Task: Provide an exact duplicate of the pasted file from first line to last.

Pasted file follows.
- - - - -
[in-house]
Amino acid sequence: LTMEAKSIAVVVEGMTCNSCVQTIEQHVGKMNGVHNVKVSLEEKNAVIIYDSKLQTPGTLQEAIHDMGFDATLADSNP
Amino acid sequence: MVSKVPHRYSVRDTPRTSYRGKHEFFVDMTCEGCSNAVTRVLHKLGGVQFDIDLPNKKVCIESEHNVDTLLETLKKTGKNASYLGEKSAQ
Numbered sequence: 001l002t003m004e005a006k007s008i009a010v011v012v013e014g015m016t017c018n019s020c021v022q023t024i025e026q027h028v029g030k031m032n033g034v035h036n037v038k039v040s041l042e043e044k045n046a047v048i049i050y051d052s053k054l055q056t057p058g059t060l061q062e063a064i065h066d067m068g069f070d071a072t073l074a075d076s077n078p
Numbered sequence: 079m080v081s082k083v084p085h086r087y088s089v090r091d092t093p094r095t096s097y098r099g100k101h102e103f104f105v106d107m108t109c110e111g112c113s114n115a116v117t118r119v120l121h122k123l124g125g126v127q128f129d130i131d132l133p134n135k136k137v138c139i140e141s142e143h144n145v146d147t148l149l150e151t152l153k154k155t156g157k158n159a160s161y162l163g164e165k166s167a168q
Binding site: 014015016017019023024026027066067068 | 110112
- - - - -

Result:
[in-house]
Amino acid sequence: LTMEAKSIAVVVEGMTCNSCVQTIEQHVGKMNGVHNVKVSLEEKNAVIIYDSKLQTPGTLQEAIHDMGFDATLADSNP
Amino acid sequence: MVSKVPHRYSVRDTPRTSYRGKHEFFVDMTCEGCSNAVTRVLHKLGGVQFDIDLPNKKVCIESEHNVDTLLETLKKTGKNASYLGEKSAQ
Numbered sequence: 001l002t003m004e005a006k007s008i009a010v011v012v013e014g015m016t017c018n019s020c021v022q023t024i025e026q027h028v029g030k031m032n033g034v035h036n037v038k039v040s041l042e043e044k045n046a047v048i049i050y051d052s053k054l055q056t057p058g059t060l061q062e063a064i065h066d067m068g069f070d071a072t073l074a075d076s077n078p
Numbered sequence: 079m080v081s082k083v084p085h086r087y088s089v090r091d092t093p094r095t096s097y098r099g100k101h102e103f104f105v106d107m108t109c110e111g112c113s114n115a116v117t118r119v120l121h122k123l124g125g126v127q128f129d130i131d132l133p134n135k136k137v138c139i140e141s142e143h144n145v146d147t148l149l150e151t152l153k154k155t156g157k158n159a160s161y162l163g164e165k166s167a168q
Binding site: 014015016017019023024026027066067068 | 110112